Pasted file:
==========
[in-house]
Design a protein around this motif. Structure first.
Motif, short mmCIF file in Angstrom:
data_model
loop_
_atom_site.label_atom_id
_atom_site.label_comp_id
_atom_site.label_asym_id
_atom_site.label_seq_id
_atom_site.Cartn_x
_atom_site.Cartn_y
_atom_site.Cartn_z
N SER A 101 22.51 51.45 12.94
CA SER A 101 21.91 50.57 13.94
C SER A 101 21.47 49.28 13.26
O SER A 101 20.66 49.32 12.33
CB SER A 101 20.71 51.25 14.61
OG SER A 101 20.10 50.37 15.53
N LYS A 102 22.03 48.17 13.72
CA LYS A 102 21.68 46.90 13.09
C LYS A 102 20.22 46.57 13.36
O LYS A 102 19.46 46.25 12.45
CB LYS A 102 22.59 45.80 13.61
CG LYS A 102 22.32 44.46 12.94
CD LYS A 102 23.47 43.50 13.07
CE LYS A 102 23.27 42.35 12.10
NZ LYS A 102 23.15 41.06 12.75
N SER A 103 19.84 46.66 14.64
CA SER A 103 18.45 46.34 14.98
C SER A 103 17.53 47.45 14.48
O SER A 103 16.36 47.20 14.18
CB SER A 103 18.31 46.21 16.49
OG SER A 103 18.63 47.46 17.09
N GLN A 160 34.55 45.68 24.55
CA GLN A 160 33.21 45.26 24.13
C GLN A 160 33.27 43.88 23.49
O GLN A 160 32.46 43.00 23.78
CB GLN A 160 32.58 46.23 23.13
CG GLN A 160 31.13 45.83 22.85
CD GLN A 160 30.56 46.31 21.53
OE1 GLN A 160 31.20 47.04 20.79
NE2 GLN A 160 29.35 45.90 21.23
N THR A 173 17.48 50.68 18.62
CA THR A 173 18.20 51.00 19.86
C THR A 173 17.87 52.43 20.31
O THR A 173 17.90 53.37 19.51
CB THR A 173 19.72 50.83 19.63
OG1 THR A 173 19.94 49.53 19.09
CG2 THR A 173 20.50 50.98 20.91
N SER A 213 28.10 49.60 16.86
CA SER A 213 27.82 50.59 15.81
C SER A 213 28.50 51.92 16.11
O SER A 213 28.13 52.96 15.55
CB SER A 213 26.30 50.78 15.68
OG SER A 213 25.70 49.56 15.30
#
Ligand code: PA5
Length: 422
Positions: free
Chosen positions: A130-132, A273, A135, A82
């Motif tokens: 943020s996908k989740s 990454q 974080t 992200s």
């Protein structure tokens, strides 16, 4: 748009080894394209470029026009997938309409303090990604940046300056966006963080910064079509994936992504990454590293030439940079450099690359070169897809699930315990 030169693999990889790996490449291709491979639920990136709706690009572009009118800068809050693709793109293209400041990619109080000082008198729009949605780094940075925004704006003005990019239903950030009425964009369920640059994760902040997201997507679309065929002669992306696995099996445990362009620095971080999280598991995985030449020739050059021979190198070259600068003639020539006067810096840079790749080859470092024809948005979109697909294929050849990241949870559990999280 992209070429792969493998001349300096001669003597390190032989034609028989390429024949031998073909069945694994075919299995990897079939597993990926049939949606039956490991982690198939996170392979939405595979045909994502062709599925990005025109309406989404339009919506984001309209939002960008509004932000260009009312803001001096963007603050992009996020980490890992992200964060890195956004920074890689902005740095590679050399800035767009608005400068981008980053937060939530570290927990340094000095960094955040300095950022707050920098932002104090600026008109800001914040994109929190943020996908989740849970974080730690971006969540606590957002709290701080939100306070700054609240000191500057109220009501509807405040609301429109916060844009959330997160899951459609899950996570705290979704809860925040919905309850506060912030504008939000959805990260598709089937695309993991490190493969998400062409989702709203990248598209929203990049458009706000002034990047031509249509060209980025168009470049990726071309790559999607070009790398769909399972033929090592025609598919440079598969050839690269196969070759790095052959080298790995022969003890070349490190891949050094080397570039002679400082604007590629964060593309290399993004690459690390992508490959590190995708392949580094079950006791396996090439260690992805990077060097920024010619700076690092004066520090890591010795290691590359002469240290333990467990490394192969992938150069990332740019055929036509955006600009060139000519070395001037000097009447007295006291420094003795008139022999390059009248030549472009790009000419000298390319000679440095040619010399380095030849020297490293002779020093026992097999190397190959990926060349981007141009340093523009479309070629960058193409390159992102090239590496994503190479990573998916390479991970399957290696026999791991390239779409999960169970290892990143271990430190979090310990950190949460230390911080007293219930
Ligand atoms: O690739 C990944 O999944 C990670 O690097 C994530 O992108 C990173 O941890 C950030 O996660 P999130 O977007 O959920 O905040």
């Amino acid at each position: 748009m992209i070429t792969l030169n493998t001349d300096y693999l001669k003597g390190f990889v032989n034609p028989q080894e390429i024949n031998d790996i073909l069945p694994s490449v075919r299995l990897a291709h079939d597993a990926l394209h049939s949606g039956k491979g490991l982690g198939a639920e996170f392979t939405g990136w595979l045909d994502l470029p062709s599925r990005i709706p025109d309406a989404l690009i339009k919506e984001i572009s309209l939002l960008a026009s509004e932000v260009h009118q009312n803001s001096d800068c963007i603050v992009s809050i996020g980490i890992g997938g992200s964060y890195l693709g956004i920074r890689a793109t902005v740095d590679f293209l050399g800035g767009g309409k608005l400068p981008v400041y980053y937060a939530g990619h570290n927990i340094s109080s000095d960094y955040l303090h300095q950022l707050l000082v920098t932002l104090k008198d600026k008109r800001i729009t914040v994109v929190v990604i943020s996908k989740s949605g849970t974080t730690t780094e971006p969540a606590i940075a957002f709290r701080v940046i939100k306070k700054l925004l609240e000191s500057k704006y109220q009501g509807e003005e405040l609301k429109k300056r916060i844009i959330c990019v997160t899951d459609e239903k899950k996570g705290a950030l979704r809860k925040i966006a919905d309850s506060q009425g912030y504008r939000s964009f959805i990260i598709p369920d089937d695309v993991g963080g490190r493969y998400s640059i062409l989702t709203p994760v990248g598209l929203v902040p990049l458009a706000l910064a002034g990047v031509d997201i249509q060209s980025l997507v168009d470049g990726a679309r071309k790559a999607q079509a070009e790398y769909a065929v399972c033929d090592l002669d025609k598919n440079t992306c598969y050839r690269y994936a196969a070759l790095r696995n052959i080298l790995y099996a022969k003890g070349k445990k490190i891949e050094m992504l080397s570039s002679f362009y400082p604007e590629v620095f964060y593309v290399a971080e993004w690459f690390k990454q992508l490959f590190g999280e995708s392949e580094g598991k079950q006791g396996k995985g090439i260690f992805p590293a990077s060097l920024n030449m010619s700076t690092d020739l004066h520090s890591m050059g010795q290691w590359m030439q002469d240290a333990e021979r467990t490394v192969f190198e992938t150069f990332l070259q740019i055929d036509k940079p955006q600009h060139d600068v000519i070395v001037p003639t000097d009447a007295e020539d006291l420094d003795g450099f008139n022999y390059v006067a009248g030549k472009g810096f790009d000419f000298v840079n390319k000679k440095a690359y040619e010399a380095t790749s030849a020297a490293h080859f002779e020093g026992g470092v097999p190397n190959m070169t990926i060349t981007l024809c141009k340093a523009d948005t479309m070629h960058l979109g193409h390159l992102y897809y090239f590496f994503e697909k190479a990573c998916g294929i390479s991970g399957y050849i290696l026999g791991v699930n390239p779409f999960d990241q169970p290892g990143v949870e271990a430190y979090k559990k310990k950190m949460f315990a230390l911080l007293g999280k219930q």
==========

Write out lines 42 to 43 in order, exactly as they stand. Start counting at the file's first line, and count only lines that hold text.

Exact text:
NE2 GLN A 160 29.35 45.90 21.23
N THR A 173 17.48 50.68 18.62